Wednesday, 19 April 2017

Good morning, good afternoon, and good evening my delightful daffodils! Today we are going to dive into the theme of movie soundtracks.

There are some songs out there that are so synonymous with the movies they were licensed for that there is no way an image or a scene does not pop into your head. (If you have seen the movie of course) Being featured in a movie is a form of promotion that can be a great marriage between two mediums that result in a slingshot effect for an artist or bands career. The songs become timeless and this results in the movies even being included into modern pop culture for generations. This can be attributed to the introduction of streaming services the likes of Spotify and ITunes as well as Youtube.

Now, if we are going to dive into this topic why not start with probably one of the biggest there is.


The Rocky Franchise created by Sylvester Stallone contains 7 films including the most recent instalment “Creed”. While the classic trumpeting anthem of the Rocky movies can be recognized globally the 3rd instalment “Rocky III” can be credited with probably the greatest sports entrance songs there is; “Eye of the Tiger” by Survivor.

So, in the beginning Stallone wanted to license “Another One Bites the Dust” by Queen however that fell through and thus Survivor was given the opportunity. “Eye of the Tiger” won a Grammy for “Best Rock Performance” and toped the billboard charts for six consecutive weeks.



Next we have a classic from “The Breakfast Club”




The song “Don’t You (Forget About Me)” recorded by the Scottish band Simple Minds was originally offered to big names such as Billy Idol. Funnily enough, along with Idol, Simple Minds had initially rejected the offer but were then persuaded to by their label. However, legend says that Simple Minds only took three hours of their time to rearrange and record the song and then promptly ignored it until it took the American audience by storm when “The Breakfast Club” became a massive hit. The song stayed at no.1 on the US Top Rock Tracks chart for three weeks and stayed on the UK’s chart though 1985 and 1987 even though the song only reached no.7.



Now it’s borderline impossible to not belt out the timeless ballad from one of the most successful films of all time “Titanic”.




As is the running theme it seems, Celine Dion initially did not want to record the song since she was fresh off recording the theme song for Beauty and the Beast. James Cameron also did not want to have a full vocal song to be featured in his movie however changed his mind after deciding that a hit song would benefit his movie in the long run. His decision was the correct one in the end since “My Heart Will Go On” won the 1997 Academy Award for best original song. The Grammy for record of the year was awarded to Dion in 1999 marking the first time in history for the award to be won by a Canadian. “My Heart Will Go On” has also been named one of the songs of the century, as it deserves to be.



The previous three songs mentioned are truly timeless classics however it doesn’t mean that modern songs cannot share the same claim to fame.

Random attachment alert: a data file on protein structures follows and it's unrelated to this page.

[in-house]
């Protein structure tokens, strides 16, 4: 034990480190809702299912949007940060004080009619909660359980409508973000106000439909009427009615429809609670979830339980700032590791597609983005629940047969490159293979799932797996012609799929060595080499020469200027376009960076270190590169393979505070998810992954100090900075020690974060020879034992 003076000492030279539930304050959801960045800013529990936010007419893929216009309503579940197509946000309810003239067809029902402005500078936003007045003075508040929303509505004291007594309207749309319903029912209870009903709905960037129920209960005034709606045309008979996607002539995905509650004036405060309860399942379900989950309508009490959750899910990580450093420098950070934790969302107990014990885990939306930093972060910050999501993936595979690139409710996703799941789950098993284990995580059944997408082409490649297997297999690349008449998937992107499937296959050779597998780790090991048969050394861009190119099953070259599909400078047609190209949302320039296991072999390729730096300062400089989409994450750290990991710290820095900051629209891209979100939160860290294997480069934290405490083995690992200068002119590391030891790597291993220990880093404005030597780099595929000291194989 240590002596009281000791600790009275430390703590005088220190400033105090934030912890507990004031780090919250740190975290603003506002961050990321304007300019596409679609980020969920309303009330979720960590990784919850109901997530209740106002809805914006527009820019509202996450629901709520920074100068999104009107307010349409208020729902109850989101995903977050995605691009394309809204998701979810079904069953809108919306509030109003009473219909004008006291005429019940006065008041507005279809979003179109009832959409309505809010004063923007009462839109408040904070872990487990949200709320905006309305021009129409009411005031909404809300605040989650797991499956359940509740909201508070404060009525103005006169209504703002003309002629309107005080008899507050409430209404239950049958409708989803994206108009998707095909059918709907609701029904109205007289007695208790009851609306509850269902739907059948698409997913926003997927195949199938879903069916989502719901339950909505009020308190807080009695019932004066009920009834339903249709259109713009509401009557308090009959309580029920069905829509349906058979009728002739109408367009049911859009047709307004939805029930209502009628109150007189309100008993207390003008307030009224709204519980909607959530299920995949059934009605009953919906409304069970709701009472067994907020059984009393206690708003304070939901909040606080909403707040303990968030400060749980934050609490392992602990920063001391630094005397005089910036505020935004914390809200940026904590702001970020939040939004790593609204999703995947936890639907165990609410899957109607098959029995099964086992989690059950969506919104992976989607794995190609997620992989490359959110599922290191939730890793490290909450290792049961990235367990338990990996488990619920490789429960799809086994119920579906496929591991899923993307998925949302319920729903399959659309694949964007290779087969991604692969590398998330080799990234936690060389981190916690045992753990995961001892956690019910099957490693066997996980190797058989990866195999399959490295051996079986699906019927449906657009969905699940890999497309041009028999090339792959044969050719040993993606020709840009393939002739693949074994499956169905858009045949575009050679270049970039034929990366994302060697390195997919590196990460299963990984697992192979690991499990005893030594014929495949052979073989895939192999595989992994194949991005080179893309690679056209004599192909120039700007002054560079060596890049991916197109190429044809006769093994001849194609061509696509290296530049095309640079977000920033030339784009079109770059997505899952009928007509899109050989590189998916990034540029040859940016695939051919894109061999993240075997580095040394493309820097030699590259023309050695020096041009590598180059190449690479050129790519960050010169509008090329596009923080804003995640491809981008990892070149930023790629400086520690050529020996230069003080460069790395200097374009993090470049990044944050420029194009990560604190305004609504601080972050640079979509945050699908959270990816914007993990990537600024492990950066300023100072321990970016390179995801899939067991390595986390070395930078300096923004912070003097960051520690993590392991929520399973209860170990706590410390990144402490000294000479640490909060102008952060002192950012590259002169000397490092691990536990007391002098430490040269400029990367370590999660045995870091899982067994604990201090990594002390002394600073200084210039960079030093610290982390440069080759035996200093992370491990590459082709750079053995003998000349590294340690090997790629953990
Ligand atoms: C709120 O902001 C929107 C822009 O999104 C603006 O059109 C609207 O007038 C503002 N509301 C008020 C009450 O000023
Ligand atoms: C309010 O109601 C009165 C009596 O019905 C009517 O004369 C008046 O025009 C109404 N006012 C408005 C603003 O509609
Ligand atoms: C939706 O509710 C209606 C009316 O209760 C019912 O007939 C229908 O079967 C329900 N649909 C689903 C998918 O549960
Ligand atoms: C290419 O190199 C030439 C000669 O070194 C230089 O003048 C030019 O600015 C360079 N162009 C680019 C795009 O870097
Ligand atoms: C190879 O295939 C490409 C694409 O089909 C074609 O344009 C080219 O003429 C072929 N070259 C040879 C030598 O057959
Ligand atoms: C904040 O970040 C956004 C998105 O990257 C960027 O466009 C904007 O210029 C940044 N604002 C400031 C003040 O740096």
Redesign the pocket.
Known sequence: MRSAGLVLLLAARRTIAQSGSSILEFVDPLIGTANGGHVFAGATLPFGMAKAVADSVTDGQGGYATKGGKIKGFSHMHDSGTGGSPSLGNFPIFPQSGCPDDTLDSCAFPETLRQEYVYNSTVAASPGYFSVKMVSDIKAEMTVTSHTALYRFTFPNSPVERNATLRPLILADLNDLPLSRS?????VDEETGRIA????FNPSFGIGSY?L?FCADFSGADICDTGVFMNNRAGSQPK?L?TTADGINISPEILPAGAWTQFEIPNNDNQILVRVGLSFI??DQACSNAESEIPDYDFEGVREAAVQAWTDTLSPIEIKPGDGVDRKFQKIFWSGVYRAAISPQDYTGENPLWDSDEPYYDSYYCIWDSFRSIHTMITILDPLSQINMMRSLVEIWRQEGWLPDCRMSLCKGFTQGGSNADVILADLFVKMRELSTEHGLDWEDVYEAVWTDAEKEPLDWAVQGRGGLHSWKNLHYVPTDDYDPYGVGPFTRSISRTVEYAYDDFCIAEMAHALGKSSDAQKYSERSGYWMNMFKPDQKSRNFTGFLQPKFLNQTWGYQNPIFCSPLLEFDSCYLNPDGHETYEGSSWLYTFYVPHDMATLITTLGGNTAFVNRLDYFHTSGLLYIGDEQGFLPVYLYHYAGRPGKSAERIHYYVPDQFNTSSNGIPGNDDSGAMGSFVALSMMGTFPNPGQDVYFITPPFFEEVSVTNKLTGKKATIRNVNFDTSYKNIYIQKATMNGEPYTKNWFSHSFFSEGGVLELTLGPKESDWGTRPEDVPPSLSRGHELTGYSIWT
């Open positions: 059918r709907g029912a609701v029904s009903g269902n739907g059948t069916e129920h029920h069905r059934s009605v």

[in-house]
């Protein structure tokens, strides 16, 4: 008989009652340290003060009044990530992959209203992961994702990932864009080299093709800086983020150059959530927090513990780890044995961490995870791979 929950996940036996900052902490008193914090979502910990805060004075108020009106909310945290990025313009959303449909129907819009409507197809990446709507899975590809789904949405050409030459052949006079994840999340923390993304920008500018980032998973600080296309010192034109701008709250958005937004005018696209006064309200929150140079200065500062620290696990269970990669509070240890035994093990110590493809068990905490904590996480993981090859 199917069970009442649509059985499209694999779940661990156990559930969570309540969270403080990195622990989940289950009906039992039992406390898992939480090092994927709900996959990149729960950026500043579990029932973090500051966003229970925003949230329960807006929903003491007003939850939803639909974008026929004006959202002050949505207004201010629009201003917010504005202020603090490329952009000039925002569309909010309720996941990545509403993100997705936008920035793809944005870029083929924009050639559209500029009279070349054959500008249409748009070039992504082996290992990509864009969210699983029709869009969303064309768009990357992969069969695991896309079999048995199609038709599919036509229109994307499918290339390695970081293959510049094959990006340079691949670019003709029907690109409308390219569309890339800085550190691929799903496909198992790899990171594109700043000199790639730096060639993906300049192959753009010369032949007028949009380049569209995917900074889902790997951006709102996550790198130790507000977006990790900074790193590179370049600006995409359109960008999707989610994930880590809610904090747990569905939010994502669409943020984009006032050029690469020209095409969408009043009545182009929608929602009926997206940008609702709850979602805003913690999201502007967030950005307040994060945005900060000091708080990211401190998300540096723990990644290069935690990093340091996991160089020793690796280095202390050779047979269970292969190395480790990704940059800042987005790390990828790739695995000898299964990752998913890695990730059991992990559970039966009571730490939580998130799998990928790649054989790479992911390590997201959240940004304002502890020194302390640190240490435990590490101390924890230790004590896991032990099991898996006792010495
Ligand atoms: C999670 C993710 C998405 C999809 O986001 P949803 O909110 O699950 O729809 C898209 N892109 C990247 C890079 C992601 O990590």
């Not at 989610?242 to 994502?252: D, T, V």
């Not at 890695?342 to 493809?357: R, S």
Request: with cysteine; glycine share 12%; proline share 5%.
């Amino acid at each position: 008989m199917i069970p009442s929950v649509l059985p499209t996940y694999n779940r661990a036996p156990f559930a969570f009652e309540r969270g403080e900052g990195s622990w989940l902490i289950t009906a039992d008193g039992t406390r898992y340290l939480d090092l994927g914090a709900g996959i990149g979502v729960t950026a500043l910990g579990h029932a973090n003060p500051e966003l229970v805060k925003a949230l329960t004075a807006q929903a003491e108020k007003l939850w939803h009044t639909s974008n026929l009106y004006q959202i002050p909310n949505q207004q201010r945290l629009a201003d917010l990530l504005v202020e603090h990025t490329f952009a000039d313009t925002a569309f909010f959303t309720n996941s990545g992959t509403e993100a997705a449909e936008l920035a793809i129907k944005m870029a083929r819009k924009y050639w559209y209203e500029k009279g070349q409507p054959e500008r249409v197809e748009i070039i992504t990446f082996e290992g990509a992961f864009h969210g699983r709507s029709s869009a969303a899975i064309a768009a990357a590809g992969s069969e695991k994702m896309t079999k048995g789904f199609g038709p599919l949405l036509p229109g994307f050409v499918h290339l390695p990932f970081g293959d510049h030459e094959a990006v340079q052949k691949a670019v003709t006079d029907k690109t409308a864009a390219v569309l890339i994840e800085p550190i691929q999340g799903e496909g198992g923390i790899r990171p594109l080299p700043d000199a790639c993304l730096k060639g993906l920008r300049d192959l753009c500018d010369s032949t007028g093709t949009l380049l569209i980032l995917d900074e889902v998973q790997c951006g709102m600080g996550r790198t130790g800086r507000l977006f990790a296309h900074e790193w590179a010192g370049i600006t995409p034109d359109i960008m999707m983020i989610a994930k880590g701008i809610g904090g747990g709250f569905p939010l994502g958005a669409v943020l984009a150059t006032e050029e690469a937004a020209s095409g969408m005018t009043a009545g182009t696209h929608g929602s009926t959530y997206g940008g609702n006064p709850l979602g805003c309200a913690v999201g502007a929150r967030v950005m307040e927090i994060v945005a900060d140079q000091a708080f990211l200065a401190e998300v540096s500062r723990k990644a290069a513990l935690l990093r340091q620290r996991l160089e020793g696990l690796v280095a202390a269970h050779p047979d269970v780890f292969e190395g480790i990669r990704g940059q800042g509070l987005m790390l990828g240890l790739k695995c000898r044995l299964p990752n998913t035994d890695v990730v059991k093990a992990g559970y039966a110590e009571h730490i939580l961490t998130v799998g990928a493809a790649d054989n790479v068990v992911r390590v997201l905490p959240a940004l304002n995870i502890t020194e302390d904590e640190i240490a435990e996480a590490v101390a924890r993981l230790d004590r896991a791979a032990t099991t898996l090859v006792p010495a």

In my honest opinion, one of the catchiest songs ever written was released in 2013 as part of the “Despicable Me 2” soundtrack. “Happy” written, recorded and produced by Pharrell Williams has reached the top of a multitude of charts worldwide. The song was originally written for CeeLo Green however CeeLo’s label decided against it. Since “Happy” was so well received worldwide I believe that it is a great example of how a song can over shadow the movie that it was a soundtrack of.



Movies and music have forever been synonymous with each other with soundtrack albums being released alongside their visual counterpart. Which is why, I want to take a quick moment to bring up Guardian of the Galaxies soundtrack, or even Marvel soundtracks in general, because they have resulted in the introduction of older classic songs to a new generation of kids who would never have known they existed. While some the bands featured in Marvel movies such as ACDC in Iron Man don’t need the promotion per say, it is still beneficial to the longevity of their sound.



Having a song promoted through a movie release has worked in the past for artists in bands a like and is still consistently being used in modern days.

Some other great examples of Movie soundtracks are:

“I Believe I Can Fly” recorded by R. Kelly for the movie “Space Jam”

“Falling Slowly” by Glen Hansard and Mark√©ta Irglov√° for the movie “Once” and was awarded an Oscar for best original song.

“You’ve Got a Friend in Me” by Randy Newman for “Toy story”

“Lose Yourself” written and performed by Eminem for “8 Mile” for which he won a Best Song Oscar for.

“Ghostbusters” by Ray Parker Jr for, yeah you guess it, “Ghostbusters”

 


Stay tuned.

3 comments:

  1. Great post - another one that jumps out for me is The Psychadelic Furs and Pretty In Pink. oh, and Whitney Houston and The Bodyguard. I feel all nostalgic now...!

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    1. Yes, Whitney Houston and The Bodyguard is another great example of this. Bonus points for the artist being a star in the movie as well!

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